Apple toughens up on app developers playing with its privacy policy

Apple introduced a screen recording function in 2017 for its version 11 that made it convenient for users who were making how-to-videos, testing UI/UX in apps, and even for recording gameplay whilst playing Fortnite.

Unfortunately, the feature is also vulnerable and allows app developers to misuse it in exchange for the user’s online activities.

Luckily, Apple is taking measures to stop the same.

Last week, a report by TechCrunch revealed that several popular apps including Expedia, Hollister and Air Canada record activities of iPhone users without their permission. According to the report, many of them use third-party services like Glassbox that takes advantage of the ‘screen recording function’ and records the touches, swipes, and keyboard inputs of the users. A complete report of the same is sent to the app developers.

The primary aim of recording these sessions is to capture how people use certain apps. Nevertheless, they are capable or leaking sensitive customer information due to poor implementation. In fact, just last year The App Analyst reported a data breach where details of 20,000 Air Canada consumers were compromised due to poor code execution.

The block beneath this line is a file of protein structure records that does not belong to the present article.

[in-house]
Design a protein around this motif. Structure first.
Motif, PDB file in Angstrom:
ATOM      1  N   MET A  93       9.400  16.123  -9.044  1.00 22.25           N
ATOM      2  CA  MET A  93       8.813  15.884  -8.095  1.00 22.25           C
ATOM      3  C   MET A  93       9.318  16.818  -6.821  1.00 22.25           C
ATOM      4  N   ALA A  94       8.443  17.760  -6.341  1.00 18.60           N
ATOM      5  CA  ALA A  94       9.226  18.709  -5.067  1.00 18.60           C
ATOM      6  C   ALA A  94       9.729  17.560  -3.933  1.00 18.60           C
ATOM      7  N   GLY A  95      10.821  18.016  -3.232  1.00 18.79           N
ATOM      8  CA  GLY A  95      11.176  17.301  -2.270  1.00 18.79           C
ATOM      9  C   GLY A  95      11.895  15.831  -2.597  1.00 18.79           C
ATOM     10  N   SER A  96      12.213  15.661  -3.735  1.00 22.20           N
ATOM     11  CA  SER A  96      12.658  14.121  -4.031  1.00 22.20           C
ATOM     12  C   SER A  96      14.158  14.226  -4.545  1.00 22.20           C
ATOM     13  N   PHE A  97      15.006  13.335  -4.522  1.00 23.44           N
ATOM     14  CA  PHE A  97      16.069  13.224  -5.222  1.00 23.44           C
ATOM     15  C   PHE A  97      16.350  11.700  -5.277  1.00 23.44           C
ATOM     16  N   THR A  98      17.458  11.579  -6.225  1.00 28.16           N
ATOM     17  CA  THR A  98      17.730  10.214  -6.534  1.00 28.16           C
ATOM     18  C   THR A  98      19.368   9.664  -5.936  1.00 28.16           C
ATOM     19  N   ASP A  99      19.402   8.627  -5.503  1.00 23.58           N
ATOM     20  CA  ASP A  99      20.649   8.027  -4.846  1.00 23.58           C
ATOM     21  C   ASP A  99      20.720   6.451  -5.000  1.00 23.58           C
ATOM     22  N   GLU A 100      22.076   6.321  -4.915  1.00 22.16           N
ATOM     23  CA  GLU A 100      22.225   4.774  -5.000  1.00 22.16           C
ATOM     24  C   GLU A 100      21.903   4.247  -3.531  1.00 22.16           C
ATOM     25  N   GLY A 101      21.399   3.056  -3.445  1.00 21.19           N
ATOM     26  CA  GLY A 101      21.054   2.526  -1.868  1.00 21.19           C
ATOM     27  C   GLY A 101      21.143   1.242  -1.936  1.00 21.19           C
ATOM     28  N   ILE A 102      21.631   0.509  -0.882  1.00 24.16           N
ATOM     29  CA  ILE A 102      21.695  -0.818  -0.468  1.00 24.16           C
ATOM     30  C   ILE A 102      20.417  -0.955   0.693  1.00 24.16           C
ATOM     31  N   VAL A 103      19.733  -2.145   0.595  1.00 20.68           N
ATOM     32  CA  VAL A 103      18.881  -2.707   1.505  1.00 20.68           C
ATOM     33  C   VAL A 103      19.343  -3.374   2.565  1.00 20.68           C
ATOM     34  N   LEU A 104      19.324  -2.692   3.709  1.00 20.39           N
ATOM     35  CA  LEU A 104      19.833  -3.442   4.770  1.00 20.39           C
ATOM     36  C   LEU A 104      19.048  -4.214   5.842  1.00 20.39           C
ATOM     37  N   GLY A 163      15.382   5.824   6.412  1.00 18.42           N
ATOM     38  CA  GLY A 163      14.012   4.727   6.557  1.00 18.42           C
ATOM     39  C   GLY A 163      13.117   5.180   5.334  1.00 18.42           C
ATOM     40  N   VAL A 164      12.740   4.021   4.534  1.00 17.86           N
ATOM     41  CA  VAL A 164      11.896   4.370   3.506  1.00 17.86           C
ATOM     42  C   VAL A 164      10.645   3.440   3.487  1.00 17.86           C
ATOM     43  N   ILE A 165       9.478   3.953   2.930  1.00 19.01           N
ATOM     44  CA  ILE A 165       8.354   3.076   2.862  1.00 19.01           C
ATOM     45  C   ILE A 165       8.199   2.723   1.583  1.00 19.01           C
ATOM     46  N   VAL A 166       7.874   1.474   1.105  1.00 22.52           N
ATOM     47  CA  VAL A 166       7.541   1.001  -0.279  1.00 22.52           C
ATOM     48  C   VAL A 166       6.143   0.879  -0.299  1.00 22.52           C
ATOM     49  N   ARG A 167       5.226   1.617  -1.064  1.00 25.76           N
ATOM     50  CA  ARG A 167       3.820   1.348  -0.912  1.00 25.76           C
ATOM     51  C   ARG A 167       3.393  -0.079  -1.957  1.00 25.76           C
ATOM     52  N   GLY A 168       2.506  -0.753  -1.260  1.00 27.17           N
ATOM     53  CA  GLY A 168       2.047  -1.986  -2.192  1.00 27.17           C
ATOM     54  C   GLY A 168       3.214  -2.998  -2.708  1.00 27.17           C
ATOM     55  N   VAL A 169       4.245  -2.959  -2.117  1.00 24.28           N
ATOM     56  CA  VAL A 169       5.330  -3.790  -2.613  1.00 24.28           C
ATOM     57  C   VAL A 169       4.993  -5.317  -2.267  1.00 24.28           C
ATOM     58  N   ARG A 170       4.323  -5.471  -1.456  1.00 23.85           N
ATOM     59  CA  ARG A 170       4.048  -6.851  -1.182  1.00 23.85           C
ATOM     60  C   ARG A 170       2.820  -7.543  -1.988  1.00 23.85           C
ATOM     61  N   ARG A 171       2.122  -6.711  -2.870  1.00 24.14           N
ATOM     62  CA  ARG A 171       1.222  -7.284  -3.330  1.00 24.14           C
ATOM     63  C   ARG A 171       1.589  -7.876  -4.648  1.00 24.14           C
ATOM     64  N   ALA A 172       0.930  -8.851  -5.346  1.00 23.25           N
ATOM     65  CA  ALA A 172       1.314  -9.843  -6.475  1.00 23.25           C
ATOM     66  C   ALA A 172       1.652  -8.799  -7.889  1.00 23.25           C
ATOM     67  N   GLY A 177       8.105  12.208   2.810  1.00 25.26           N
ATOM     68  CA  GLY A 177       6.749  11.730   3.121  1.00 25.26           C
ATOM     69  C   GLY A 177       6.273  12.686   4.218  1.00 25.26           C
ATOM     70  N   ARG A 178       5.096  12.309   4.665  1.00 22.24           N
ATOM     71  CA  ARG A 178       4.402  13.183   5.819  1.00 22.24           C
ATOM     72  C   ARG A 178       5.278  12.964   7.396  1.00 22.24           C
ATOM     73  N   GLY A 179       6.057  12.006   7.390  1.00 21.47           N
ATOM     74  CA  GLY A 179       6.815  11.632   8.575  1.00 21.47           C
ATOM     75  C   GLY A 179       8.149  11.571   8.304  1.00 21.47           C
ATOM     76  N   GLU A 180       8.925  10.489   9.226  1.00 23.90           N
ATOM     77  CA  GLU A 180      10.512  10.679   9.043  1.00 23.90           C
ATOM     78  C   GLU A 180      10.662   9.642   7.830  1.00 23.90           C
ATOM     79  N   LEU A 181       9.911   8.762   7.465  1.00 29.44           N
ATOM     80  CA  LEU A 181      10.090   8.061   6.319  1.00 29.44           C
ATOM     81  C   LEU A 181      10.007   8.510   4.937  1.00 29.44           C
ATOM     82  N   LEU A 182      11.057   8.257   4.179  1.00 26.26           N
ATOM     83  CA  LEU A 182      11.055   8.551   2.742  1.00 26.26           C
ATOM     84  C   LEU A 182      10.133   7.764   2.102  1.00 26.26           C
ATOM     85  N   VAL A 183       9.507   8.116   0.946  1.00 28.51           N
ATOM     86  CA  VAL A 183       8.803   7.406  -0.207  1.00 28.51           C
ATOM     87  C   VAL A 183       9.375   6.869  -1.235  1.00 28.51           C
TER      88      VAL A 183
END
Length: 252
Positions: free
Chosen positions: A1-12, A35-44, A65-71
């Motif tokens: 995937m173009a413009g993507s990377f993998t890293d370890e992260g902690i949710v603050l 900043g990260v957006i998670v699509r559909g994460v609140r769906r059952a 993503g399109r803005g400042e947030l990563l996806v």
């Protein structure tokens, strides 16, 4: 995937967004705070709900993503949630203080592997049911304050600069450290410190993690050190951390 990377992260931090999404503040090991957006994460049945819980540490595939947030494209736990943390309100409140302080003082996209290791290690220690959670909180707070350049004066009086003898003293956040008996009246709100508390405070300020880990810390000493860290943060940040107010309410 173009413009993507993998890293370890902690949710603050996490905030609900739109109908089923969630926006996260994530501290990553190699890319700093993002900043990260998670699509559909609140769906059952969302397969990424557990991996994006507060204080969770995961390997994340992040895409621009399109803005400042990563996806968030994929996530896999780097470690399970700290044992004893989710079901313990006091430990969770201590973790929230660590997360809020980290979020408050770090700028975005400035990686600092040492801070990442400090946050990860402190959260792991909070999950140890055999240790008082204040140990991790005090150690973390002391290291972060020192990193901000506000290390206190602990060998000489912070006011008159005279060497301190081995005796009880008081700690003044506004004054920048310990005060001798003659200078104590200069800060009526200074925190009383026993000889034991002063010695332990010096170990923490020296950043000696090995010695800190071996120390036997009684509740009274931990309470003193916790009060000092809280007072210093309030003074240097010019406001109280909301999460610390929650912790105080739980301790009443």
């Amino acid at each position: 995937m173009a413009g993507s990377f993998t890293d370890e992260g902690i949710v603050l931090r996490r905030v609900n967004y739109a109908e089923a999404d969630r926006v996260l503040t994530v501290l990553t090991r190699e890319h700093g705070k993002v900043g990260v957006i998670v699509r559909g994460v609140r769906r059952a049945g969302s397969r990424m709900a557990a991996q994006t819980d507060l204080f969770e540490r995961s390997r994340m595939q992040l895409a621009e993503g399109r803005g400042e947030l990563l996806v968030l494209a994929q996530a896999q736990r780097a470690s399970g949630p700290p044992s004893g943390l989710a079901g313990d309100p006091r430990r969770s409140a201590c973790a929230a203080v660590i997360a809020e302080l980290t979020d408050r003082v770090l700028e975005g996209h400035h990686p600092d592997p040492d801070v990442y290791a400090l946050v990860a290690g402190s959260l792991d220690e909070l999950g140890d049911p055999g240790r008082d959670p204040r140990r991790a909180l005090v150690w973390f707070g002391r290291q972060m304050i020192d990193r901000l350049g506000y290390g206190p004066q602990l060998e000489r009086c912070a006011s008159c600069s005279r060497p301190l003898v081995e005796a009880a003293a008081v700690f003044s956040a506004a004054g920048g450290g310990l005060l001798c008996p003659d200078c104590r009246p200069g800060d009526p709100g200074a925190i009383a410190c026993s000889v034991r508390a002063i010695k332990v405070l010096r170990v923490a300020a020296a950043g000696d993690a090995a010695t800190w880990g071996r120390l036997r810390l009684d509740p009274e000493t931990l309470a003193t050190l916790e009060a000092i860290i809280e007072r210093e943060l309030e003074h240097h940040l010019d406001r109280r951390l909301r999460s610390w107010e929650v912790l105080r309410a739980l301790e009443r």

Investigation by TechCrunch also revealed similar results where several apps did not mask email IDs and postal codes during session recordings. It also reported that apps like Expedia, Singapore Airlines, and Air Canada did not have a privacy policy that highlighted the exploitation activity recording.

When contacted, Glassbox defended the accusations and claimed that their SDK operates only within the confines of the native app. additionally; it said that their customers are the one who deals with App Stores and its related authorities.
Related: New Apple Update Fixes Major Security Flaw
As of now, Apple has notified the developers regarding its findings and asked them to indicate to the user that they are recording activity through transparent methods. ‘Failure to abide by its privacy terms and guidelines can risk being removed from the App Store’ – warns Apple.

This means that moving forward; apps will be required to take the users permission before recording their online activity. Apple will also check screen-recording code from developers that submit their apps to the App Store in order to eliminate those who breach the privacy code.

This is certainly an applauding step by the Apple Company that is assuring the privacy of users by weeding out those who misuse its platform.

Let’s wait and watch how this works out to enhance the user’s privacy.

Will you let apps record your online activity? Let us know in the comments below!

Apple’s crackdown on screen-recording app developers is a privacy win
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